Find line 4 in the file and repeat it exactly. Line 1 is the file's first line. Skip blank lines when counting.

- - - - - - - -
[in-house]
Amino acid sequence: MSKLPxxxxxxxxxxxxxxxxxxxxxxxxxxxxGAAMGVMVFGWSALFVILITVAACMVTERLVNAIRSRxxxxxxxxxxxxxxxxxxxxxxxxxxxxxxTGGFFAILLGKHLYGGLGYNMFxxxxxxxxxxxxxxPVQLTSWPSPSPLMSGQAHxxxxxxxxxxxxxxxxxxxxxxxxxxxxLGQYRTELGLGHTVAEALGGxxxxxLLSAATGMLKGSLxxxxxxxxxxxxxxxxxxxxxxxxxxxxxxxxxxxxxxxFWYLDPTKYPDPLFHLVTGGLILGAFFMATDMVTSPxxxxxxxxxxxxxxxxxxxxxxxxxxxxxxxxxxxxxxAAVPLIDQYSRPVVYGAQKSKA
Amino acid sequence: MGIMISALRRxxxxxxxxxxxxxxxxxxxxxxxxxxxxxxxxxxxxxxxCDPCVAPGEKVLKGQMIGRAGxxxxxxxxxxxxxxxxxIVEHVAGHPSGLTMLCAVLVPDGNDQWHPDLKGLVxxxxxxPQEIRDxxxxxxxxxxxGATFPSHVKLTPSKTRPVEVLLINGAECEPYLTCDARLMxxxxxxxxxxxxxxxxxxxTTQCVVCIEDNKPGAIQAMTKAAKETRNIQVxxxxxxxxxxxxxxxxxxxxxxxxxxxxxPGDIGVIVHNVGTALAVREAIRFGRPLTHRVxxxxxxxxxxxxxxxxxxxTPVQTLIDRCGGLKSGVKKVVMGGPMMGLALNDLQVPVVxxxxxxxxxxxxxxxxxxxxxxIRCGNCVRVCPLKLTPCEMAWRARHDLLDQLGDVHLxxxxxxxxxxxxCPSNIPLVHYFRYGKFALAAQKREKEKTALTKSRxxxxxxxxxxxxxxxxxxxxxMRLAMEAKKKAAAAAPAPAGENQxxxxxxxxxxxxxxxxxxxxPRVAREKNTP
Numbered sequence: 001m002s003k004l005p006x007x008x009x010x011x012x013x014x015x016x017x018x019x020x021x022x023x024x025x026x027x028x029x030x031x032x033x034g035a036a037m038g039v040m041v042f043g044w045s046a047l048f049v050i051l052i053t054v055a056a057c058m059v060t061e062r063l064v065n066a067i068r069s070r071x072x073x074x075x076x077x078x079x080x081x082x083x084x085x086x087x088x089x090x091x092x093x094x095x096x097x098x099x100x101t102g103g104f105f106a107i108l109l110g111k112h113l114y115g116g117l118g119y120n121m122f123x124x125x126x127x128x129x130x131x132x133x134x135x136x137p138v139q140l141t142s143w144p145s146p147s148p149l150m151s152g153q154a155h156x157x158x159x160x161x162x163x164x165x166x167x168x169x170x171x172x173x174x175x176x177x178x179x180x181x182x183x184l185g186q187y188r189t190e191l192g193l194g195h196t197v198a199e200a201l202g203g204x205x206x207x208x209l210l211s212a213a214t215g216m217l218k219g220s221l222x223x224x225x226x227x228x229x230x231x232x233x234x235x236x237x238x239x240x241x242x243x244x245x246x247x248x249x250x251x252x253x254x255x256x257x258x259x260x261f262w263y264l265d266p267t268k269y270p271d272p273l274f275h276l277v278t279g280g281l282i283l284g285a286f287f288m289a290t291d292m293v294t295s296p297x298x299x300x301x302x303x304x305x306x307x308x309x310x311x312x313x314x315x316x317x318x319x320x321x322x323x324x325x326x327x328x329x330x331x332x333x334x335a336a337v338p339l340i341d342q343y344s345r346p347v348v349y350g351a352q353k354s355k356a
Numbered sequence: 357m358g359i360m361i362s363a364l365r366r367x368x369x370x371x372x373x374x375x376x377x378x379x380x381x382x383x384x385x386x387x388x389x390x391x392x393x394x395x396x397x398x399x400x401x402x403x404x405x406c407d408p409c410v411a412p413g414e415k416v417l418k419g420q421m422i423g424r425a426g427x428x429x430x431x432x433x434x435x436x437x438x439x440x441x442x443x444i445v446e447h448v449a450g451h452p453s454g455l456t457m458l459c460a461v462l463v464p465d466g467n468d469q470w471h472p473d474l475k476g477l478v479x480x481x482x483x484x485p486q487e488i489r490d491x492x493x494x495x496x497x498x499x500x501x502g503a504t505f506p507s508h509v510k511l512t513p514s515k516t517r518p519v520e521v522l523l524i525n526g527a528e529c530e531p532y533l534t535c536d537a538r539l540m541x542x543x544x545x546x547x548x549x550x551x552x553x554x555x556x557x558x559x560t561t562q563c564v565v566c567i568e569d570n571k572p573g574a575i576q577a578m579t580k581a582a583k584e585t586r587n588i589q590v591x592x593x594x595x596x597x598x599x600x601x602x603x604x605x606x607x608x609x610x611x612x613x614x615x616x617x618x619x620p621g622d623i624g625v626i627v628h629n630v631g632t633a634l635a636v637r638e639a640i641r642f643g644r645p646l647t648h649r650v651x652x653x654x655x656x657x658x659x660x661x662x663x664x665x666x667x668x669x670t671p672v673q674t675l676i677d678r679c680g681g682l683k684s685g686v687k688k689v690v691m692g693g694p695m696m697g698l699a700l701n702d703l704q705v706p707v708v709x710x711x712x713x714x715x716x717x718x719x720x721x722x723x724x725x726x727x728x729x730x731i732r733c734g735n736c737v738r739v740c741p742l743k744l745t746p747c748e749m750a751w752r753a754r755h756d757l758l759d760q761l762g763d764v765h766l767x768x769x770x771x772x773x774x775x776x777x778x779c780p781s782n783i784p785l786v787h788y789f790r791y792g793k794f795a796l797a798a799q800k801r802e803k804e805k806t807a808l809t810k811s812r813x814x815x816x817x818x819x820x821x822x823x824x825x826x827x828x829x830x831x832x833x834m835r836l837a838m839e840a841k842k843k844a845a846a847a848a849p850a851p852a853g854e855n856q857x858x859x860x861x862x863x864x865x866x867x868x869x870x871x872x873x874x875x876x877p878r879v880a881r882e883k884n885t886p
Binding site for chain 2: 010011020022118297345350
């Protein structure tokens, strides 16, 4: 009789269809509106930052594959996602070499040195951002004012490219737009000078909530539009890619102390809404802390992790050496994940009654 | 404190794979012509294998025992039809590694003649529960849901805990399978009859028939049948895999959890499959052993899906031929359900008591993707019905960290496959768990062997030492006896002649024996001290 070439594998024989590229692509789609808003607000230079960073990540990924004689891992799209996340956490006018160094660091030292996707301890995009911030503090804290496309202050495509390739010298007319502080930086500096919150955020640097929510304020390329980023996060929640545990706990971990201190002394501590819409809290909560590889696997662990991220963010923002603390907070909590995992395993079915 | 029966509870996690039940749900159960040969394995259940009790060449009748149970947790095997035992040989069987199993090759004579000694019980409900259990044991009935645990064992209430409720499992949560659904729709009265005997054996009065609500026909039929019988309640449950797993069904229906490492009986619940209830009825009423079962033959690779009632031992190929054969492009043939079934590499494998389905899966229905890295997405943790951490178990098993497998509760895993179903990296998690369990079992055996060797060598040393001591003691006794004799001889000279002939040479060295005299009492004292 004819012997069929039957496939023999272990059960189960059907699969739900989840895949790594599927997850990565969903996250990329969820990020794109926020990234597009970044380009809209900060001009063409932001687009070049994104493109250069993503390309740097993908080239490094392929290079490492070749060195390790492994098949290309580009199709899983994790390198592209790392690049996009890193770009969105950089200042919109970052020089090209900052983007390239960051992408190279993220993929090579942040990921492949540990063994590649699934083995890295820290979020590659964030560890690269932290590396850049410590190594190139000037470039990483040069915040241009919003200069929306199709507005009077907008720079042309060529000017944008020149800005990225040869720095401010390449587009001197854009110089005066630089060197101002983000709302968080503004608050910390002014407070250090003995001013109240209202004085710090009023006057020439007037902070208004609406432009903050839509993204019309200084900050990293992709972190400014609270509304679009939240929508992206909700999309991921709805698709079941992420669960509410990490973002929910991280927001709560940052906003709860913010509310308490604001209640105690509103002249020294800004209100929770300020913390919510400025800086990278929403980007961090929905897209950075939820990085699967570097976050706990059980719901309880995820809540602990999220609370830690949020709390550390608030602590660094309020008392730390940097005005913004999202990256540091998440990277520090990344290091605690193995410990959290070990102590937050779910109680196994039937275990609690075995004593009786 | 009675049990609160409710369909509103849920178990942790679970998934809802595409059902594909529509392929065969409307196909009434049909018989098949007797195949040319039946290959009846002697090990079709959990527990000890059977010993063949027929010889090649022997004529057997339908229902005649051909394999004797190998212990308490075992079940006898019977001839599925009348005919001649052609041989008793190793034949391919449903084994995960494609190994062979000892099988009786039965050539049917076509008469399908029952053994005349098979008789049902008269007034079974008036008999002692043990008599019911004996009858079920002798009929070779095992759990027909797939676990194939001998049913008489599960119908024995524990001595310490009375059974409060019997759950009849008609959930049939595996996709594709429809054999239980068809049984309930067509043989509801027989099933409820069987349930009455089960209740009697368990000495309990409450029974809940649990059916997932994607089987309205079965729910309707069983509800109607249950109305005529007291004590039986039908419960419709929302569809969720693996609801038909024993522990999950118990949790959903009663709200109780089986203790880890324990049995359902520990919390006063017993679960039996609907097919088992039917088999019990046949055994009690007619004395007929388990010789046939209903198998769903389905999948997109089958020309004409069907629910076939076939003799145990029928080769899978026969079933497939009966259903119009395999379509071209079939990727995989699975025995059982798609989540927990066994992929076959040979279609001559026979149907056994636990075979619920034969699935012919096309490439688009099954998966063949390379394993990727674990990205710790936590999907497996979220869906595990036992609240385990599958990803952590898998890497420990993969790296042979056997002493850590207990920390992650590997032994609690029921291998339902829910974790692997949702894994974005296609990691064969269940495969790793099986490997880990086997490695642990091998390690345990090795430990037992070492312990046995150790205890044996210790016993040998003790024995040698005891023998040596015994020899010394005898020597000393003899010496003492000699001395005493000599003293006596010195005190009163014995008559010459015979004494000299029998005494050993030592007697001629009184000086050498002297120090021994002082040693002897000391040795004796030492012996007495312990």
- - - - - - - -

Numbered sequence: 001m002s003k004l005p006x007x008x009x010x011x012x013x014x015x016x017x018x019x020x021x022x023x024x025x026x027x028x029x030x031x032x033x034g035a036a037m038g039v040m041v042f043g044w045s046a047l048f049v050i051l052i053t054v055a056a057c058m059v060t061e062r063l064v065n066a067i068r069s070r071x072x073x074x075x076x077x078x079x080x081x082x083x084x085x086x087x088x089x090x091x092x093x094x095x096x097x098x099x100x101t102g103g104f105f106a107i108l109l110g111k112h113l114y115g116g117l118g119y120n121m122f123x124x125x126x127x128x129x130x131x132x133x134x135x136x137p138v139q140l141t142s143w144p145s146p147s148p149l150m151s152g153q154a155h156x157x158x159x160x161x162x163x164x165x166x167x168x169x170x171x172x173x174x175x176x177x178x179x180x181x182x183x184l185g186q187y188r189t190e191l192g193l194g195h196t197v198a199e200a201l202g203g204x205x206x207x208x209l210l211s212a213a214t215g216m217l218k219g220s221l222x223x224x225x226x227x228x229x230x231x232x233x234x235x236x237x238x239x240x241x242x243x244x245x246x247x248x249x250x251x252x253x254x255x256x257x258x259x260x261f262w263y264l265d266p267t268k269y270p271d272p273l274f275h276l277v278t279g280g281l282i283l284g285a286f287f288m289a290t291d292m293v294t295s296p297x298x299x300x301x302x303x304x305x306x307x308x309x310x311x312x313x314x315x316x317x318x319x320x321x322x323x324x325x326x327x328x329x330x331x332x333x334x335a336a337v338p339l340i341d342q343y344s345r346p347v348v349y350g351a352q353k354s355k356a